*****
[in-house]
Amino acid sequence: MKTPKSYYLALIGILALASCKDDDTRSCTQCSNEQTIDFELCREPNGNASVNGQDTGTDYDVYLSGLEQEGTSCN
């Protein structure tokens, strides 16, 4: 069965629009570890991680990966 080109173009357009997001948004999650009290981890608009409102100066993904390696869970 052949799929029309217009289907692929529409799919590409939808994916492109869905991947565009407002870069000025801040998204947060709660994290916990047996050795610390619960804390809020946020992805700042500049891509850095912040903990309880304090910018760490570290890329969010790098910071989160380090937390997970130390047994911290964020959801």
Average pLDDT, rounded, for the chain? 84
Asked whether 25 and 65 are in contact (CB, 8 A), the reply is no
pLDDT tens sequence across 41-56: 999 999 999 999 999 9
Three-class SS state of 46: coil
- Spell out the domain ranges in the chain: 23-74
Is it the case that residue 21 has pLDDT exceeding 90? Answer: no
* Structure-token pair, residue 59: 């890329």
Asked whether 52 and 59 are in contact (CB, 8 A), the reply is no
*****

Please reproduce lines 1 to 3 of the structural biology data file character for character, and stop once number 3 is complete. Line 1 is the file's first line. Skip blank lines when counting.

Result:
[in-house]
Amino acid sequence: MKTPKSYYLALIGILALASCKDDDTRSCTQCSNEQTIDFELCREPNGNASVNGQDTGTDYDVYLSGLEQEGTSCN
């Protein structure tokens, strides 16, 4: 069965629009570890991680990966 080109173009357009997001948004999650009290981890608009409102100066993904390696869970 052949799929029309217009289907692929529409799919590409939808994916492109869905991947565009407002870069000025801040998204947060709660994290916990047996050795610390619960804390809020946020992805700042500049891509850095912040903990309880304090910018760490570290890329969010790098910071989160380090937390997970130390047994911290964020959801």